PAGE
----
Lawmakers pushed a bill through the Senate that would divert more money from school districts to charter schools.
Under current law, school districts have pots of funding they don’t have to share with charter schools. These pots include supplemental property tax revenues, as well as federal funding for providing school lunches and transportation, which most charters don’t provide.
The bill that moved through the Senate would require school districts to share those funding sources with charters.
Sen. Jerry Tillman (R-Randolph), who sponsored the bill, said charter students receive fewer dollars per pupil than students in traditional public schools. He said the measure helps restore funding charters lost with the passage of legislation in 2010 that restricted some funds for school districts only.
"I'm trying to get it back, and we're not there yet. We still got a ways to go to get pure equity," he said.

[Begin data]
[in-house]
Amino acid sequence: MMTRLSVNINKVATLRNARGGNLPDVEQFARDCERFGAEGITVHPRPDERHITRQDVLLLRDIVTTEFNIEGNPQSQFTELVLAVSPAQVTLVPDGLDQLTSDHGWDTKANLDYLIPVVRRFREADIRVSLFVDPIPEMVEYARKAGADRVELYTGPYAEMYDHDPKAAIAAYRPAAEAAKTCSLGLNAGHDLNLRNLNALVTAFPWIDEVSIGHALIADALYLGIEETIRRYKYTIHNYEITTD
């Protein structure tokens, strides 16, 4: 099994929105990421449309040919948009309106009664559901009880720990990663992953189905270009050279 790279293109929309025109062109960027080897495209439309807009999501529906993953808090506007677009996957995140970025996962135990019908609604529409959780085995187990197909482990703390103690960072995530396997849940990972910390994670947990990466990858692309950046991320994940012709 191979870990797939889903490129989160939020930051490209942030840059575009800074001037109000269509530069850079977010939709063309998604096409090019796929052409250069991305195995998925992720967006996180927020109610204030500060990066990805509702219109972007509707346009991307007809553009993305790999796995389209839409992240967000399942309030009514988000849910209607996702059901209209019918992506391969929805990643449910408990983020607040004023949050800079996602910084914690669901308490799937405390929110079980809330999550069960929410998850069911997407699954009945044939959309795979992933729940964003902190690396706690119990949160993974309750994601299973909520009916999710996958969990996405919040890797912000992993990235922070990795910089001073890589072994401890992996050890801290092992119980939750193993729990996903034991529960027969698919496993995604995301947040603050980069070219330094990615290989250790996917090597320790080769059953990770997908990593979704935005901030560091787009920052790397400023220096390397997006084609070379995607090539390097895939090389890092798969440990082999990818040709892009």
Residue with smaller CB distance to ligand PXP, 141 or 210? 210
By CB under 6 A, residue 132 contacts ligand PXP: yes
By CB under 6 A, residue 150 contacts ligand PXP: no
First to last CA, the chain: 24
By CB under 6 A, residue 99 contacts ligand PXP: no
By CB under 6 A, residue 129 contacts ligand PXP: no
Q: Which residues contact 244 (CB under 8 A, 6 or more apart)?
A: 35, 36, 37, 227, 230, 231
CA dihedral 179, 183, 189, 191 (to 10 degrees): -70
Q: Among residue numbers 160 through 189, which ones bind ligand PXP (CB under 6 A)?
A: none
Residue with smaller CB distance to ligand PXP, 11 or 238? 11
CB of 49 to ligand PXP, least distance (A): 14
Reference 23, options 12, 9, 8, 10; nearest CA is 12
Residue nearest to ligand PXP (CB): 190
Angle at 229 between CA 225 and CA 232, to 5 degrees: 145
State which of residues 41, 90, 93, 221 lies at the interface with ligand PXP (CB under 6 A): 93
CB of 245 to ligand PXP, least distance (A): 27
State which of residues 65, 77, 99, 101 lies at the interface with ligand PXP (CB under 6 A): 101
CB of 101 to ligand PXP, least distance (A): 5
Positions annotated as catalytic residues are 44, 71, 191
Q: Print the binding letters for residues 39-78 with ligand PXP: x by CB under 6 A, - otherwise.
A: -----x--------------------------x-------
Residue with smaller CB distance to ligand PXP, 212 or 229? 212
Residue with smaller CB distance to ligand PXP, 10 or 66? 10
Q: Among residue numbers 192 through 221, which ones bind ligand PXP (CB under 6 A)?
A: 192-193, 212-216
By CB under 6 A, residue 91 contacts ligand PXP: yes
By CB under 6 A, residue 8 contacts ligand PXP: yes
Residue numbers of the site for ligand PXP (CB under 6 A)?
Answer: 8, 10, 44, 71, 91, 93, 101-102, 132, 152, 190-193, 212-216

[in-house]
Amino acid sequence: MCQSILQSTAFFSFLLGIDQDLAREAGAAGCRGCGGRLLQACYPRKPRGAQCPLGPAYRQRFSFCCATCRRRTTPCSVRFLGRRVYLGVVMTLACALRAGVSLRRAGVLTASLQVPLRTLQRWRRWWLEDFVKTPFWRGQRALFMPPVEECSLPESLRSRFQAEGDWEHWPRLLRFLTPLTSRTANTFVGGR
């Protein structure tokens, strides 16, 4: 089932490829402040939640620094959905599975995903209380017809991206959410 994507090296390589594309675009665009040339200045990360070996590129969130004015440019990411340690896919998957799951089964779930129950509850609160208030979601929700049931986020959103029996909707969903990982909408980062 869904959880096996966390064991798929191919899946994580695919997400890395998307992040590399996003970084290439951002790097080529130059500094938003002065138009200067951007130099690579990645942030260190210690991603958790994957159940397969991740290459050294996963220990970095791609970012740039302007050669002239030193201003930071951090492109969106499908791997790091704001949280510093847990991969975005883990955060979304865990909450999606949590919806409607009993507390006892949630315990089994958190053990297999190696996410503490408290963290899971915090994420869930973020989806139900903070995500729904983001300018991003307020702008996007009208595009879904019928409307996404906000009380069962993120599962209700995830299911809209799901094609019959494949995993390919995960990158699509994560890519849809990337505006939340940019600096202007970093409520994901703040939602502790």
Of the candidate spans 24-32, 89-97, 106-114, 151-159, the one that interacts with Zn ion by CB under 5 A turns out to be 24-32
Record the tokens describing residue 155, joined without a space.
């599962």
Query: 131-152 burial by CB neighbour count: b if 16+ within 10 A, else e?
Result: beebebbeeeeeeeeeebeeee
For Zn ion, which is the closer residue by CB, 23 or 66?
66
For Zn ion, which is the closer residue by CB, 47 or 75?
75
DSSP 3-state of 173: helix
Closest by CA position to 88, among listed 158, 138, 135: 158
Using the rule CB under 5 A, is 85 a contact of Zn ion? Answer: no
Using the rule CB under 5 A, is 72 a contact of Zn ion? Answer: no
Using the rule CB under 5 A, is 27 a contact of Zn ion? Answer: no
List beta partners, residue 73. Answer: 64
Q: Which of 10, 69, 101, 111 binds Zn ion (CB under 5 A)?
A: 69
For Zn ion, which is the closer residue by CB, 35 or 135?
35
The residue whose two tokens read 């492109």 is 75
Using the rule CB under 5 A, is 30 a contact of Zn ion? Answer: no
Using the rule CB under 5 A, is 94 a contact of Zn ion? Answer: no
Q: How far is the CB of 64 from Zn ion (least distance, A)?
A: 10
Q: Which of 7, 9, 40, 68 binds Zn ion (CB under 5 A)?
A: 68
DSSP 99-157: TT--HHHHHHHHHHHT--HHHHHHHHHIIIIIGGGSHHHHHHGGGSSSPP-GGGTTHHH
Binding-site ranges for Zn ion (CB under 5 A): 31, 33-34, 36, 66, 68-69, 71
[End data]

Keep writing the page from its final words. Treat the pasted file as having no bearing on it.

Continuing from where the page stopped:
But Sen. Josh Stein (D-Wake) was one of several critics during debate on the Senate floor. He opposed the bill because it would allow charters to tap into federal funds meant to pay for services charters aren't required to provide.
"Why in the world would we take the indirect costs that constitute millions of dollars away from traditional public schools that have the burden of actually feeding kids, and give it to charters schools which do not share that same obligation?" Stein asked.
The measure passed 25-19. It goes back to the House for another vote.